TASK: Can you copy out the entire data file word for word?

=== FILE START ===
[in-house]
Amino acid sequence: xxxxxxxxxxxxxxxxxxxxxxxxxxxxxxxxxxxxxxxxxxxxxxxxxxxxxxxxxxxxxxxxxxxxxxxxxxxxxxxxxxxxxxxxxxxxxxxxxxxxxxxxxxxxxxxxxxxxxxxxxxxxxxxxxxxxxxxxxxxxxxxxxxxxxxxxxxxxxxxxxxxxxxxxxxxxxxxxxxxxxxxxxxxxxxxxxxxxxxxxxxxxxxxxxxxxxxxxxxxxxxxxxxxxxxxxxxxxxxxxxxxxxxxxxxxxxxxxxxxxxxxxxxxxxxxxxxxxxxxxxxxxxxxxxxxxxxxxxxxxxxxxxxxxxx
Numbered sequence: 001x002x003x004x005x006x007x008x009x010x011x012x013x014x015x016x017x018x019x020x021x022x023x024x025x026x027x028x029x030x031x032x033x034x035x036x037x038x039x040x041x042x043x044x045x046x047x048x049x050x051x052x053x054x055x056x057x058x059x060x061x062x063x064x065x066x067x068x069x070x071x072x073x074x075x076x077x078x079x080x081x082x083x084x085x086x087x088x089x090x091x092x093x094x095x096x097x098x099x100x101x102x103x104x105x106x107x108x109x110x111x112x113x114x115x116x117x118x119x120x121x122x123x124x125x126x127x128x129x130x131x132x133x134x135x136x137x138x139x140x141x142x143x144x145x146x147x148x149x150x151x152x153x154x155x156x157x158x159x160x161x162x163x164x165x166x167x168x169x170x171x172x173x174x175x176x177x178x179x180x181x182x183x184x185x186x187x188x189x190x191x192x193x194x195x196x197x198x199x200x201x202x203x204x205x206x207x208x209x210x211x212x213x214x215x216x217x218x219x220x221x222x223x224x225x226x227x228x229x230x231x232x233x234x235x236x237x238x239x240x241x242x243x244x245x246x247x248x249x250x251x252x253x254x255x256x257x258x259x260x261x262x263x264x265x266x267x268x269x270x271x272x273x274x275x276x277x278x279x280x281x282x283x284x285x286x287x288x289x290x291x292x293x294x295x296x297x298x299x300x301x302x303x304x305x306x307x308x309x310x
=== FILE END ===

[in-house]
Amino acid sequence: xxxxxxxxxxxxxxxxxxxxxxxxxxxxxxxxxxxxxxxxxxxxxxxxxxxxxxxxxxxxxxxxxxxxxxxxxxxxxxxxxxxxxxxxxxxxxxxxxxxxxxxxxxxxxxxxxxxxxxxxxxxxxxxxxxxxxxxxxxxxxxxxxxxxxxxxxxxxxxxxxxxxxxxxxxxxxxxxxxxxxxxxxxxxxxxxxxxxxxxxxxxxxxxxxxxxxxxxxxxxxxxxxxxxxxxxxxxxxxxxxxxxxxxxxxxxxxxxxxxxxxxxxxxxxxxxxxxxxxxxxxxxxxxxxxxxxxxxxxxxxxxxxxxxxx
Numbered sequence: 001x002x003x004x005x006x007x008x009x010x011x012x013x014x015x016x017x018x019x020x021x022x023x024x025x026x027x028x029x030x031x032x033x034x035x036x037x038x039x040x041x042x043x044x045x046x047x048x049x050x051x052x053x054x055x056x057x058x059x060x061x062x063x064x065x066x067x068x069x070x071x072x073x074x075x076x077x078x079x080x081x082x083x084x085x086x087x088x089x090x091x092x093x094x095x096x097x098x099x100x101x102x103x104x105x106x107x108x109x110x111x112x113x114x115x116x117x118x119x120x121x122x123x124x125x126x127x128x129x130x131x132x133x134x135x136x137x138x139x140x141x142x143x144x145x146x147x148x149x150x151x152x153x154x155x156x157x158x159x160x161x162x163x164x165x166x167x168x169x170x171x172x173x174x175x176x177x178x179x180x181x182x183x184x185x186x187x188x189x190x191x192x193x194x195x196x197x198x199x200x201x202x203x204x205x206x207x208x209x210x211x212x213x214x215x216x217x218x219x220x221x222x223x224x225x226x227x228x229x230x231x232x233x234x235x236x237x238x239x240x241x242x243x244x245x246x247x248x249x250x251x252x253x254x255x256x257x258x259x260x261x262x263x264x265x266x267x268x269x270x271x272x273x274x275x276x277x278x279x280x281x282x283x284x285x286x287x288x289x290x291x292x293x294x295x296x297x298x299x300x301x302x303x304x305x306x307x308x309x310x